Par Magdalena Nitchi

Après avoir passé plusieurs années coincé en production, le film Nimona est enfin arrivé sur Netflix. Basé sur le roman graphique homonyme de N. D. Stevenson, Nimona offre une nouvelle vision de cette histoire fascinante: un chevalier méchant est rejoint dans sa quête d’abattre une institution de chevaliers corrompus par une adolescente métamorphe. Nimona a deux objectifs: semer le plus de chaos possible et rendre les plans de Sir Ballister Blackheart vraiment diaboliques.

Dans le roman graphique, la nature méchante de Ballister est liée à son handicap: l’Institution qui contrôle les chevaliers du royaume lui a tourné le dos après qu’il ait perdu un de ses bras au combat. Par contre, dans le film, Ballister se fait piégé et perd son bras dans un incident qui mène à des accusations de meurtre à son encontre. Bien que son handicap fasse toujours partie de l’histoire, après que Ballister se construit un nouveau bras, son attention se tourne vers sa quête pour prouver son innocence plutôt que vers la gestion de sa perte, comme dans le roman graphique. Cependant, il existe plusieurs façons de réagir à un traumatisme, et la complexité de ce processus est quand même reflétée dans le développement de Ballister.

Nonobstant, la vraie star de ce film reste Nimona. Elle est brillante, exubérante, et incarne l’énergie d’un personnage « chaotique neutre » de D&D. Son design est vraiment bien représenté à l’écran et l’équipe d’animation a fait un excellent travail sur ses métamorphoses. Le changement de forme de Nimona est bien évidemment une allégorie trans, développée par la correction constante des personnes qui l’appellent une « fille », sans parler du malaise qu’elle ressent lorsqu’elle essaie de maintenir sa forme socialement acceptable. La façon dont elle lutte pour s’intégrer mais se retrouve constamment traitée de « monstre » nous permet non seulement de sympathiser avec elle, mais aussi de mieux comprendre pourquoi elle préfère embrasser son rôle d’antagoniste.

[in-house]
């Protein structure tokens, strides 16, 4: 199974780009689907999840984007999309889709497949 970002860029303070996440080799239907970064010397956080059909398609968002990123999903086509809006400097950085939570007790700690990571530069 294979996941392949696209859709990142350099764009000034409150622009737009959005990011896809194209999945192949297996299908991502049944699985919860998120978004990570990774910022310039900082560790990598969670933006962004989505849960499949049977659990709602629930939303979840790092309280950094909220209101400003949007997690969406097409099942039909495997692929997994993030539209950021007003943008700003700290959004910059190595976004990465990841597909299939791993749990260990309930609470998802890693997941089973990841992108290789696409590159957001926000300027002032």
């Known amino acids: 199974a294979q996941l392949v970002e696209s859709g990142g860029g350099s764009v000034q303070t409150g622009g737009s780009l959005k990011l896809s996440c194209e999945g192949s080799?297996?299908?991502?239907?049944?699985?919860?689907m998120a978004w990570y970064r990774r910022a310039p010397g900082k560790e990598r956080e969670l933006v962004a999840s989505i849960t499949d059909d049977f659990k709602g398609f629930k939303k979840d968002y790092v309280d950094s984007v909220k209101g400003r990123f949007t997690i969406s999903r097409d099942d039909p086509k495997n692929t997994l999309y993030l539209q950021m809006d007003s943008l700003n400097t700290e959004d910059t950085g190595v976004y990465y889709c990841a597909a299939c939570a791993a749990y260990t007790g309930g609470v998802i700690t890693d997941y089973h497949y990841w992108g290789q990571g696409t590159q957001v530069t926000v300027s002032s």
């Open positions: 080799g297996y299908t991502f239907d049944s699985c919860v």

En fin de compte, Nimona est l’histoire poignante de deux parias qui se rencontrent et forment une famille en luttant contre un régime oppressif. C’est un film d’animation époustouflant, parfait pour toute la famille, qui a largement valu son temps d’attente.

Chip Zdarsky’s Daredevil

By Frederico Azeredo

Between his current run on Batman and his Image series Newburn, it’s a wonder Chip Zdarsky has had the time to continually reinvent the Man Without Fear since 2019. Yet his latest arc, “The Red Fist Saga,” now in its thirteenth (!) issue, keeps making all the right choices and delivering consistent twists that remain true to the central character. What’s more, like his great predecessors Brian Michael Bendis and Frank Miller, Zdarsky isn’t interested in just maintaining a status quo—he wants to shake things up as much as he can without blowing the series’ very foundations.

It would be easy to decry the run as an ‘actionization’ of the usually crime and mystery-oriented Daredevil title, as it sees the increased presence of supervillains like Typhoid Mary and features showdowns so massive they annihilate chunks of New York City. Yet, these elements almost always emerge from established continuity and are grounded by a relentless focus on Matt Murdock’s personal life. His blindness, especially, is given renewed emphasis—which is refreshing, considering his preternatural ‘sonar sense’ leads many writers to forget it entirely.